Fitness & Fun, All in One:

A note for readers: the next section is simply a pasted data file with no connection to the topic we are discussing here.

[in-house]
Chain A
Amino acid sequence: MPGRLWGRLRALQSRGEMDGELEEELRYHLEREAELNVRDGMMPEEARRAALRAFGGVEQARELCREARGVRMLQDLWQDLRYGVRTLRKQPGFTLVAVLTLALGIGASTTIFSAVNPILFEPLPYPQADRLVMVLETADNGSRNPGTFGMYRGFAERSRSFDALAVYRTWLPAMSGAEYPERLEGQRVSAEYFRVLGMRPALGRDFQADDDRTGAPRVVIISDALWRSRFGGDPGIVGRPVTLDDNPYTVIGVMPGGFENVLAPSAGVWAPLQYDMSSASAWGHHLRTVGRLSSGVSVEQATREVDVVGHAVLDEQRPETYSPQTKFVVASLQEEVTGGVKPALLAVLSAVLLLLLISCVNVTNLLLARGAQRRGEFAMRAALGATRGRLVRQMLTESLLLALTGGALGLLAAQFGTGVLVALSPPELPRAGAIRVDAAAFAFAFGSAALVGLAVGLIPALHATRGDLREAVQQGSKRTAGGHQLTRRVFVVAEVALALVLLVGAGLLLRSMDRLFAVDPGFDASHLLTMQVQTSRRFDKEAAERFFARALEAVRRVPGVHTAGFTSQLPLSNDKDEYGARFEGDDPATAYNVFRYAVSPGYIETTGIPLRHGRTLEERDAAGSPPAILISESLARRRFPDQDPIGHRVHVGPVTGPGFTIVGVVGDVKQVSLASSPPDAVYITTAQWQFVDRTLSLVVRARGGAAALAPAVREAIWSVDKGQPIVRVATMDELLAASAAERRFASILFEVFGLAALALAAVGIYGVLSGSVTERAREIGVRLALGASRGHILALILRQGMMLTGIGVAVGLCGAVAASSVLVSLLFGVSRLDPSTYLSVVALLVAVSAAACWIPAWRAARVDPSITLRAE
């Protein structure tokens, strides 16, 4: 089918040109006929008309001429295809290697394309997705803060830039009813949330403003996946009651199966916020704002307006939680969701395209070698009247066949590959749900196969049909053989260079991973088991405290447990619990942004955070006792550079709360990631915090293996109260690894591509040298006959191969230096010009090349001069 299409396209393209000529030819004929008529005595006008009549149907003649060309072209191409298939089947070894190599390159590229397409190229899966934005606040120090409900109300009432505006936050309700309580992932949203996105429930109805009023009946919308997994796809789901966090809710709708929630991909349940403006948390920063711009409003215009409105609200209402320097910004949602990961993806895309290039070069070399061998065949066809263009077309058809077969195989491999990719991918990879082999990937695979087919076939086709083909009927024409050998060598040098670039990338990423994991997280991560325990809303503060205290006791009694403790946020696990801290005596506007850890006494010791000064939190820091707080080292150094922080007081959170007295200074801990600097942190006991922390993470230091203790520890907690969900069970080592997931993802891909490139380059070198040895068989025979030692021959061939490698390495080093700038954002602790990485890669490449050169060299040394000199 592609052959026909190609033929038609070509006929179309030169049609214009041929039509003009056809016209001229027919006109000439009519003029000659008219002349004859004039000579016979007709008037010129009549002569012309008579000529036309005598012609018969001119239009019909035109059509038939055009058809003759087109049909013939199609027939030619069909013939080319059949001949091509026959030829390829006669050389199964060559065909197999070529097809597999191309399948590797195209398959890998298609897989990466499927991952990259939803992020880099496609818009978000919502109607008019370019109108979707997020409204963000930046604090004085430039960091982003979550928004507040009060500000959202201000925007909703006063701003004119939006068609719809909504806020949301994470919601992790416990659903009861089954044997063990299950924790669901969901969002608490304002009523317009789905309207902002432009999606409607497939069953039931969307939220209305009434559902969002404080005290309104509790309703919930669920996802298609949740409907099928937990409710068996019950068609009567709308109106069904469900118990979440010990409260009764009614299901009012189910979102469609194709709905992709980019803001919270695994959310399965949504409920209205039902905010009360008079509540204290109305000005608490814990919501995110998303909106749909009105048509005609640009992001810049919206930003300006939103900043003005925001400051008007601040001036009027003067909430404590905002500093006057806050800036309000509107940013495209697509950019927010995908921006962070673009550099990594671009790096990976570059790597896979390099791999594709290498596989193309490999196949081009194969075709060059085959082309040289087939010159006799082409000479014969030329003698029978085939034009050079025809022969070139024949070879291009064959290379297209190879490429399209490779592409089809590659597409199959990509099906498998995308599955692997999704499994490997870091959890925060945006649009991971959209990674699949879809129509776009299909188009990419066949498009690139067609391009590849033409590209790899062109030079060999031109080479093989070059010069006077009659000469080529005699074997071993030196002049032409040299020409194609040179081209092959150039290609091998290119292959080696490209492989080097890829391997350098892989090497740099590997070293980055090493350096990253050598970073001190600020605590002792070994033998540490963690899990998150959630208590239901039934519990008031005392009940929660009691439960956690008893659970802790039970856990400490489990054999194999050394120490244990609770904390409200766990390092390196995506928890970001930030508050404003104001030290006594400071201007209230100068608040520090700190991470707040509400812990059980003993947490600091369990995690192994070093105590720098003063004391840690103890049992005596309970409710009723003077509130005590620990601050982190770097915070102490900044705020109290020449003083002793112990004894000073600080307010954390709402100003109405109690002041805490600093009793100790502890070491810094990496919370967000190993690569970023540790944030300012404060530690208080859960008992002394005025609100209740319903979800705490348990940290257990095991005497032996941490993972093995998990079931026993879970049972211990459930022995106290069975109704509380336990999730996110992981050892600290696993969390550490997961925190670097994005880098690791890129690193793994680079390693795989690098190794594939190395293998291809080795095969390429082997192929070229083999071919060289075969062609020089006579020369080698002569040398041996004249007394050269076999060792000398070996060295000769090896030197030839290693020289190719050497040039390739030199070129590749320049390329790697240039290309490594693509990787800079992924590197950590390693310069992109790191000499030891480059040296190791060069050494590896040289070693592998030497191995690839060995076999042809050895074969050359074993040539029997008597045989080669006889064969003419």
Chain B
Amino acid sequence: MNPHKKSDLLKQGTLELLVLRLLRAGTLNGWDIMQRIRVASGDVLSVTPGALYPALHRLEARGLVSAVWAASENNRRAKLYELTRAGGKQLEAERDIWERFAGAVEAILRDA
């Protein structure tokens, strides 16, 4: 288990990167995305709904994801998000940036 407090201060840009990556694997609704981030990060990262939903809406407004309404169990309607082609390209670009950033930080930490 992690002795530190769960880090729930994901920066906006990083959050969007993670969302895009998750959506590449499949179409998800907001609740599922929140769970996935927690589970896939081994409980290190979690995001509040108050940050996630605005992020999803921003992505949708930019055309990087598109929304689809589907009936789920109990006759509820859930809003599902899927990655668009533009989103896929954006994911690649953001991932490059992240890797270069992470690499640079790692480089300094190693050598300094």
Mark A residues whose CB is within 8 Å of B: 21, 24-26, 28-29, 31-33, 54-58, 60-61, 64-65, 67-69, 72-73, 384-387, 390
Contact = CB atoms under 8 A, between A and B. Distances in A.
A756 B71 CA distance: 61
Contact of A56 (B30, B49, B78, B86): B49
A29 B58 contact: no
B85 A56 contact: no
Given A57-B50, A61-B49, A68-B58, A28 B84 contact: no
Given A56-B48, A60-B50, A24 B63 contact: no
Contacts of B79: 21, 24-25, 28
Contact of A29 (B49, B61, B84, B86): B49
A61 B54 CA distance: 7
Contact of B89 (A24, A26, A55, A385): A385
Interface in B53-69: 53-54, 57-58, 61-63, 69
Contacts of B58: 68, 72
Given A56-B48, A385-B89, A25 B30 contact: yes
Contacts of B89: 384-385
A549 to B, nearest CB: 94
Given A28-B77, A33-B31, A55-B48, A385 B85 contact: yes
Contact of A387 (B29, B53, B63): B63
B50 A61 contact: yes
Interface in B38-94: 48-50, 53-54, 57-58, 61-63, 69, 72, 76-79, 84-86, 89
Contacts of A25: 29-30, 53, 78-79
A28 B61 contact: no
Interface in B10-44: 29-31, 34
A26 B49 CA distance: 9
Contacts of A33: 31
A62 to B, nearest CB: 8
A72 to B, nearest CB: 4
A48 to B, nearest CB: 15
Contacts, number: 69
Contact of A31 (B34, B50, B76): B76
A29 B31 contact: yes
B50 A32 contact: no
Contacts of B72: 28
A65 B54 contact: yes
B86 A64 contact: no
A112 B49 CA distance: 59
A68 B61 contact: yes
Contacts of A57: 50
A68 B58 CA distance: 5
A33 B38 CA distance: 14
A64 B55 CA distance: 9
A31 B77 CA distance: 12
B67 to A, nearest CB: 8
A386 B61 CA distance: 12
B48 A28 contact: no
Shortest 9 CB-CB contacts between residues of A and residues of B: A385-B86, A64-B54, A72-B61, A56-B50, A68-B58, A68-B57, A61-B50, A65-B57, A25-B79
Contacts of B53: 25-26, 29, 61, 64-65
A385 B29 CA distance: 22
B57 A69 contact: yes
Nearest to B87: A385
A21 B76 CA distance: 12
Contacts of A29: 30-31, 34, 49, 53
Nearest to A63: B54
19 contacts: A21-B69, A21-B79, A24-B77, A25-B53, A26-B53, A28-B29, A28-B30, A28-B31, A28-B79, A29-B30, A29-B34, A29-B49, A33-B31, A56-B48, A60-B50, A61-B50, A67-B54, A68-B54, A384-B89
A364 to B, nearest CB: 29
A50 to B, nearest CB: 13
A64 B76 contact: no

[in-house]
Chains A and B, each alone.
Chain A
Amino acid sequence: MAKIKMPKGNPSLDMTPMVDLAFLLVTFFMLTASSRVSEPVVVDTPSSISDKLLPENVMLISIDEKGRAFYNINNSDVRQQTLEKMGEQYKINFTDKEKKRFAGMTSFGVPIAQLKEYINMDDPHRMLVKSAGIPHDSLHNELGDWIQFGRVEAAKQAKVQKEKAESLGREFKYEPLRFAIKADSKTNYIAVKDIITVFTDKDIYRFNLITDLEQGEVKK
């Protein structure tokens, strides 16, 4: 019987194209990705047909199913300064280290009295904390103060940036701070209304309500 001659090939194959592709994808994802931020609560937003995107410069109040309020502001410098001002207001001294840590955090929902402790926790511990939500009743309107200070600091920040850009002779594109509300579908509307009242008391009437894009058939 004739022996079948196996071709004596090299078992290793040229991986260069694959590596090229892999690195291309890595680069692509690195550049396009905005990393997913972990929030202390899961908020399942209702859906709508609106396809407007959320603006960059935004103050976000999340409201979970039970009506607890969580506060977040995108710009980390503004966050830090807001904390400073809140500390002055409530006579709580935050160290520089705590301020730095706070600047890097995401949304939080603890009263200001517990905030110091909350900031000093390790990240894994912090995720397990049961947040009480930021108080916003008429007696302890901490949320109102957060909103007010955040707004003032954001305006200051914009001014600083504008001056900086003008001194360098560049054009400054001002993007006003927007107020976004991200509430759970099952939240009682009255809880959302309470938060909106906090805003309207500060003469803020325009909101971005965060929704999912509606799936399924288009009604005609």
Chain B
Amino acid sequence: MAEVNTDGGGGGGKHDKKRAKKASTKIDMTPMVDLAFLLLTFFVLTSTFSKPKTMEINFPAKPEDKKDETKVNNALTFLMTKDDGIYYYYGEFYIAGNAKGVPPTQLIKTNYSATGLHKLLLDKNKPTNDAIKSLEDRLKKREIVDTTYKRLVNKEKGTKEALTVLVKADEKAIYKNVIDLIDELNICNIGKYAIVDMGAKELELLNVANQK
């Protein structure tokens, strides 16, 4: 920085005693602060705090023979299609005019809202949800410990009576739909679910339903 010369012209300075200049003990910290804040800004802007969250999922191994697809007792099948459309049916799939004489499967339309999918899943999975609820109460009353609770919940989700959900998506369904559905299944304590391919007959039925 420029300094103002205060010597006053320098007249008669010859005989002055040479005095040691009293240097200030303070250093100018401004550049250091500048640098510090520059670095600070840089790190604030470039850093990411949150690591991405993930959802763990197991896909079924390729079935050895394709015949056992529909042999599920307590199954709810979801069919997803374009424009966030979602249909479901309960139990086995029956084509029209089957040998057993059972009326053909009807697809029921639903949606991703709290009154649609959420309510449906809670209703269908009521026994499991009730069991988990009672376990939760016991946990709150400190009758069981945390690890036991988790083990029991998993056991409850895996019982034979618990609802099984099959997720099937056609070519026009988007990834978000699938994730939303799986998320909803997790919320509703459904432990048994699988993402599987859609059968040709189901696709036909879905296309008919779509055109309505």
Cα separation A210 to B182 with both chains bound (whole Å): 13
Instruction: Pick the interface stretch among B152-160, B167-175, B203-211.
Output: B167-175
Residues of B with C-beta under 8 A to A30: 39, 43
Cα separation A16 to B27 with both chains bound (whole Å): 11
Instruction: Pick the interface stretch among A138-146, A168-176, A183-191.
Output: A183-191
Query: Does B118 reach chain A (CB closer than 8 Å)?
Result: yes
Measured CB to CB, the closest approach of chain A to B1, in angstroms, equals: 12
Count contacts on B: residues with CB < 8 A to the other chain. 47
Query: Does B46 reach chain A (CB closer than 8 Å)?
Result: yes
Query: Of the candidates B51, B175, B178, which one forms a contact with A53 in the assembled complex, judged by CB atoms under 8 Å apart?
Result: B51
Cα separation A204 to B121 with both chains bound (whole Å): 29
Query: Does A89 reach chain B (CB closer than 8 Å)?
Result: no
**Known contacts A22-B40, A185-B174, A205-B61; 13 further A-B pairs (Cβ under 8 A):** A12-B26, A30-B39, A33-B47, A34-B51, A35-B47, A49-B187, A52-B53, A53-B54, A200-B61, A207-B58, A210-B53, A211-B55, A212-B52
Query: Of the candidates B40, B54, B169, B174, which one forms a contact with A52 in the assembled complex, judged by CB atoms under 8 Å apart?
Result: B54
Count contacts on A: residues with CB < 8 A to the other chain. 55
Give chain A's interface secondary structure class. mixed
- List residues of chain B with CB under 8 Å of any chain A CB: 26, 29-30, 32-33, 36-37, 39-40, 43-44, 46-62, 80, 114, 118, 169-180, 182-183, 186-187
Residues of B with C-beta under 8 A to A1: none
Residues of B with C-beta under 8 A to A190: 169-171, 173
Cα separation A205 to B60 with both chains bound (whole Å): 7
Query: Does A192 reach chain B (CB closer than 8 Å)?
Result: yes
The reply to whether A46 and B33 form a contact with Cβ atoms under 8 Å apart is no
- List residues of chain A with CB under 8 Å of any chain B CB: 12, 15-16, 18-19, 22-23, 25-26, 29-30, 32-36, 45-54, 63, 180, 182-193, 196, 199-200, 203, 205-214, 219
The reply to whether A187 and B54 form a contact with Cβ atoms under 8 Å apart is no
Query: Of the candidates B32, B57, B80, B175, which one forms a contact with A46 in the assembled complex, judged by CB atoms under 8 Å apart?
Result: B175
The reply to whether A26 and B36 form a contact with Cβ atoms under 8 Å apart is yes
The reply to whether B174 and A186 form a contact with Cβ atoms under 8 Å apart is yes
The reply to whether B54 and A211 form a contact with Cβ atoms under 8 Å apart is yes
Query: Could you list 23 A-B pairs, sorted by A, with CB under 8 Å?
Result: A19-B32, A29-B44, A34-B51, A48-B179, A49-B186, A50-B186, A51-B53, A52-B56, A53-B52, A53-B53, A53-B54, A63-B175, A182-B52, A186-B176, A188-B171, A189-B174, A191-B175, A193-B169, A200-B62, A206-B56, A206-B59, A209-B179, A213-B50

The quiet ride we took was on Parker Road!) Didn’t ride Tuesday A creek along the New Santa Fe Trail May 19, had to work. Wednesday, May 20th – 47 miles, Greenland Trail to Security (5 hours riding time; total–201 miles) I skipped the 20-mile stretch between Franktown and the Greenland Trail (which starts at exit 167 off I-25) because there is no bike trail and I couldn’t figure out a good alternate route. Today’s route is actually a combination of four trails: The Greenland Trail, which connects to the New Santa Fe trail, which connects to the Pikes Peak Greenway, which connects to the Fountain Creek Trail. Much of the first 7 miles of Greenland is rough and would require a mountain bike or hybrid and is uphill to Palmer Lake. Then the rest of the day (40 miles) was downhill. It was very wooded through the Air Force Academy, and a diverse group of people were using the trail – I saw several walkers, lots of dogs, parents with kids in strollers, and cyclists. And I saw lots of wildlife including two snakes- I think one was a rattler and the other a bullsnake. The Not sure if this was a rattle scenery was beautiful. snake or a bull snake Sarah's website is posted on: CrazyGuyOnaBike -> search for Sarah McGregor -> Choose Journal 4, Muffins on the Range. For more information about the Colorado Front Range Trail and maps that show which sections of the trail have been completed visit Sarah McGregor is a retired teacher and a Denver native who grew up in Park Hill about 3 miles from her current home in Stapleton. She works part time as a Spanish translator/interpreter to help fund her crazy adventures. She can be reached at [email protected]